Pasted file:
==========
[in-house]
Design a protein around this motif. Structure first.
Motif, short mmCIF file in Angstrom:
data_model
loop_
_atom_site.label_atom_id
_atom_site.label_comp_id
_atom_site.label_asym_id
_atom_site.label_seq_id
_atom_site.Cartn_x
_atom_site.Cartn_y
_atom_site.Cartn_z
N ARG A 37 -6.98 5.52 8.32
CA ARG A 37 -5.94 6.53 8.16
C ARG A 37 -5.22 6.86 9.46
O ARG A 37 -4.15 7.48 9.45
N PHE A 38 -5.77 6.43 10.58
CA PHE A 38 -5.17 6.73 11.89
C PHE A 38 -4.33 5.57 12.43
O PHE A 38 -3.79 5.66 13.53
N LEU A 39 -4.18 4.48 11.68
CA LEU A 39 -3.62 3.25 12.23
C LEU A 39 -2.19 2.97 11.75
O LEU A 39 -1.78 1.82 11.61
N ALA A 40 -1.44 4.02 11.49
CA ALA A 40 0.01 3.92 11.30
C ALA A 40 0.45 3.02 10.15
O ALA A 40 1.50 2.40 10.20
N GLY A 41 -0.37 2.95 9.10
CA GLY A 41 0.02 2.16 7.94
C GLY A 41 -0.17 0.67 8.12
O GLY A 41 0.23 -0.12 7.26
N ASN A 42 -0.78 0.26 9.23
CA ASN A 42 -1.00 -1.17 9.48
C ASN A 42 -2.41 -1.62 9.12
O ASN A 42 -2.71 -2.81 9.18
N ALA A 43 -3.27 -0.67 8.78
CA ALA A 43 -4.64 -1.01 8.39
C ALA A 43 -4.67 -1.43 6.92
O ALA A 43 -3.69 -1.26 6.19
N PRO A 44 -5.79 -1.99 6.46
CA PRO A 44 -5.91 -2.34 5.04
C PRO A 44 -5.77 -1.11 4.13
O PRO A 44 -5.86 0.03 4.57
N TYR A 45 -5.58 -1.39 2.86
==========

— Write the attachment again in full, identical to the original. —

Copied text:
[in-house]
Design a protein around this motif. Structure first.
Motif, short mmCIF file in Angstrom:
data_model
loop_
_atom_site.label_atom_id
_atom_site.label_comp_id
_atom_site.label_asym_id
_atom_site.label_seq_id
_atom_site.Cartn_x
_atom_site.Cartn_y
_atom_site.Cartn_z
N ARG A 37 -6.98 5.52 8.32
CA ARG A 37 -5.94 6.53 8.16
C ARG A 37 -5.22 6.86 9.46
O ARG A 37 -4.15 7.48 9.45
N PHE A 38 -5.77 6.43 10.58
CA PHE A 38 -5.17 6.73 11.89
C PHE A 38 -4.33 5.57 12.43
O PHE A 38 -3.79 5.66 13.53
N LEU A 39 -4.18 4.48 11.68
CA LEU A 39 -3.62 3.25 12.23
C LEU A 39 -2.19 2.97 11.75
O LEU A 39 -1.78 1.82 11.61
N ALA A 40 -1.44 4.02 11.49
CA ALA A 40 0.01 3.92 11.30
C ALA A 40 0.45 3.02 10.15
O ALA A 40 1.50 2.40 10.20
N GLY A 41 -0.37 2.95 9.10
CA GLY A 41 0.02 2.16 7.94
C GLY A 41 -0.17 0.67 8.12
O GLY A 41 0.23 -0.12 7.26
N ASN A 42 -0.78 0.26 9.23
CA ASN A 42 -1.00 -1.17 9.48
C ASN A 42 -2.41 -1.62 9.12
O ASN A 42 -2.71 -2.81 9.18
N ALA A 43 -3.27 -0.67 8.78
CA ALA A 43 -4.64 -1.01 8.39
C ALA A 43 -4.67 -1.43 6.92
O ALA A 43 -3.69 -1.26 6.19
N PRO A 44 -5.79 -1.99 6.46
CA PRO A 44 -5.91 -2.34 5.04
C PRO A 44 -5.77 -1.11 4.13
O PRO A 44 -5.86 0.03 4.57
N TYR A 45 -5.58 -1.39 2.86